Cognition, ontologies and description logics
This report describes work undertaken and planned, the goal of which is to better understand how people comprehend and use complex ontologies, in particular those employing Description Logics (DLs). Two research questions are posed:
1. In what way can the difficulties experienced in using Description Logics be understood in terms of an underlying theory, e.g. theories of reasoning already developed within the cognitive psychology community?
2. In what way could such a theory contribute to improving the usability of Description Logics?
An initial survey of 118 ontology users has confirmed the importance of DLs, specifically the variants of OWL. The survey also looked at two particular techniques for mitigating complexity: visualization and the use of patterns. Opinions on the value of visualization were varied, with over a third of respondents finding visualization ‘not at all useful’ or ‘useful to a small extent’. Whilst many of the respondents used patterns, the majority of the users did not import patterns from a library but merely used them as examples. Responses to a question about the purposes for using ontologies suggest that a categorisation of users into a few groups is possible. Such a categorisation could help in understanding user behaviour and requirements.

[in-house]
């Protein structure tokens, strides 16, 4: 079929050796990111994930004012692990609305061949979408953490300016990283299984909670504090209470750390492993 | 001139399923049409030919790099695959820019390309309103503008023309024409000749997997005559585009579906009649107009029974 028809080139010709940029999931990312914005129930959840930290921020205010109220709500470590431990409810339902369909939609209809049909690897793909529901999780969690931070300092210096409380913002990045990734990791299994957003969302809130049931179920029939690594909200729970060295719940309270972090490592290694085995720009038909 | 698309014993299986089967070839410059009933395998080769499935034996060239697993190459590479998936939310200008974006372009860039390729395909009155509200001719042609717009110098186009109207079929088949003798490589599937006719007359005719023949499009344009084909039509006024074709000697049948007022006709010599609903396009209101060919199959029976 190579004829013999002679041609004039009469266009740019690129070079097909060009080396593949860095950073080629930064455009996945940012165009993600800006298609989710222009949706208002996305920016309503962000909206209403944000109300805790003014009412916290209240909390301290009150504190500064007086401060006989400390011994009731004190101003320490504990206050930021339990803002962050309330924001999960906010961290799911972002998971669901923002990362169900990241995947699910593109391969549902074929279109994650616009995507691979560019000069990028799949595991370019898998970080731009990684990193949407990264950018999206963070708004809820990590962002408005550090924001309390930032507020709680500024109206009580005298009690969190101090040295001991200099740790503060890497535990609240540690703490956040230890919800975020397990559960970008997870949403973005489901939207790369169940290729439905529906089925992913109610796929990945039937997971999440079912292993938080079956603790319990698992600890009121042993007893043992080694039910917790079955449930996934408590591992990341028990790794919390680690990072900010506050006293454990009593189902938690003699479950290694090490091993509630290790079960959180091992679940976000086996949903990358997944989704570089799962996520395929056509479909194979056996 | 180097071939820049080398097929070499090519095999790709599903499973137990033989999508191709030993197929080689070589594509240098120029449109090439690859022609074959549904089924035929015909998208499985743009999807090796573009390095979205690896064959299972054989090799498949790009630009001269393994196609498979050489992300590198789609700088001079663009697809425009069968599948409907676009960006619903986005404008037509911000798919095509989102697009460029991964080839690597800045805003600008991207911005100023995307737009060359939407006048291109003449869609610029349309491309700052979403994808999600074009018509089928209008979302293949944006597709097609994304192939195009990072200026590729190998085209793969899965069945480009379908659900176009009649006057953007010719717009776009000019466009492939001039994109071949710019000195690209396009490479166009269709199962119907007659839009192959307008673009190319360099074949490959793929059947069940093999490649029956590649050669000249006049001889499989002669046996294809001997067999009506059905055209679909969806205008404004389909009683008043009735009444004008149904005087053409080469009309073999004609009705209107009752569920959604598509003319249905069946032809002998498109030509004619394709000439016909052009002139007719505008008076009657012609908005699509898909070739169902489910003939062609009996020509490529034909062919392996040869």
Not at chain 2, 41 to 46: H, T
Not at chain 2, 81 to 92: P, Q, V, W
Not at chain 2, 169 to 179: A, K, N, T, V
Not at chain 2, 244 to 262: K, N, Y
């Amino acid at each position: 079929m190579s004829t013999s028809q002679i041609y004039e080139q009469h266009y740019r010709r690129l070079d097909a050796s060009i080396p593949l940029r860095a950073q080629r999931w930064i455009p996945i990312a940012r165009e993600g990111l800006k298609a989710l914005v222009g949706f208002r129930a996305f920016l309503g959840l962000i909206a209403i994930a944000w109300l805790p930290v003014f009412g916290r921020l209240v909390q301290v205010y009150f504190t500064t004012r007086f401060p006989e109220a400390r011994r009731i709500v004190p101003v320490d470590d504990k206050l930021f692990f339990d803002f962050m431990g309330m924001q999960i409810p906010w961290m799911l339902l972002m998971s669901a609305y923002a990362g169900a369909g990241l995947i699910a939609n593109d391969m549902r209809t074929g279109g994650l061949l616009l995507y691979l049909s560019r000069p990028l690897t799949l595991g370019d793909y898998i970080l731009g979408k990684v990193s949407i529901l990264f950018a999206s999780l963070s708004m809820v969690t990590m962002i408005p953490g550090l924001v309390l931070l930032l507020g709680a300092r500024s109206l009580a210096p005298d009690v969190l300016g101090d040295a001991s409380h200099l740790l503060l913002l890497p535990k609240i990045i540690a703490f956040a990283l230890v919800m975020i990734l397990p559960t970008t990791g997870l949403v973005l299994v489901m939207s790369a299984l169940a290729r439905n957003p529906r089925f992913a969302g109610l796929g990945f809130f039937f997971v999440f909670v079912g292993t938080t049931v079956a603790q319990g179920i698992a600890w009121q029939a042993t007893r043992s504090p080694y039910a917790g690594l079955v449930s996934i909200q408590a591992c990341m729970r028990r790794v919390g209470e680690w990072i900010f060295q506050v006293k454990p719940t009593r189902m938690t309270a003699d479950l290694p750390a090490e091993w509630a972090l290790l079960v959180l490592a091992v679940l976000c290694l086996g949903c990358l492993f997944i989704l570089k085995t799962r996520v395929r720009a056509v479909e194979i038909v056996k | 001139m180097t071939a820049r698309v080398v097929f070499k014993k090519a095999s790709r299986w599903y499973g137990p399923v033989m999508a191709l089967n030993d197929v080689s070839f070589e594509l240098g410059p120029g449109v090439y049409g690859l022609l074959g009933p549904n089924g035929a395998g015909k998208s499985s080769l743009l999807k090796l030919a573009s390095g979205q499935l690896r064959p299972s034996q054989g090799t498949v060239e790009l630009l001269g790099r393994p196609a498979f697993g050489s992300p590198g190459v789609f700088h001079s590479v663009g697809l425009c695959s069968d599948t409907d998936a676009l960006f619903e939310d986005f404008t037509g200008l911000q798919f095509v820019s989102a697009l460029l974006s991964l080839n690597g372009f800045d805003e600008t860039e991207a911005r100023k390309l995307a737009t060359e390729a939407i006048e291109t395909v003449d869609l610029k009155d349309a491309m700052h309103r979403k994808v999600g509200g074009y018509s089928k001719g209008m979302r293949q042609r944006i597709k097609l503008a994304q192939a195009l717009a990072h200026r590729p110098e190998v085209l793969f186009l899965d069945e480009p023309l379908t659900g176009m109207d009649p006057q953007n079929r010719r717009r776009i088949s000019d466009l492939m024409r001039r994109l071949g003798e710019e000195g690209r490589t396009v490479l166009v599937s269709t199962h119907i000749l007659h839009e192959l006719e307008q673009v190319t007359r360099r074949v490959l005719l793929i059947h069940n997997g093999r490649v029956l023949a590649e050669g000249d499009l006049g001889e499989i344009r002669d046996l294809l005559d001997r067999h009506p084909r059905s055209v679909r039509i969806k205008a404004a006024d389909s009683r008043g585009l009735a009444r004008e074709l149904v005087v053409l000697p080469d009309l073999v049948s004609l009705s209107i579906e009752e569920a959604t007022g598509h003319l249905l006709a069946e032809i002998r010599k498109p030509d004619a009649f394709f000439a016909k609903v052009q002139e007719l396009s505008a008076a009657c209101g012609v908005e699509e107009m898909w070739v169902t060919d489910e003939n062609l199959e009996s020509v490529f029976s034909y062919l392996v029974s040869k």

A laboratory investigation into the comprehension of commonly used DL statements revealed some common difficulties. Many users experienced difficulties with the negated conjunction; there was a common misconception concerning the inheritance of property characteristics by subproperties; and to a lesser extent there were difficulties with the functional characteristic and the existential quantifier. The mental model theory of reasoning was used to explain the difficulties experienced with negated conjunction, whilst the rule-based approach helped explain how complexity influenced accuracy and response time.
A programme of further work is proposed. The most immediate step will be to build on the existing study into DL comprehension with more controlled experiments on the effect of varying the complexity of commonly occurring DL statement structures. Subsequent work will look at the effect of alternative linguistic structures and diagrammatic representations. It is also intended to conduct interviews and focus groups with ontology users, both to gain a deeper insight into their problems and to obtain feedback to the ideas developed regarding alternative linguistic and diagrammatic representations.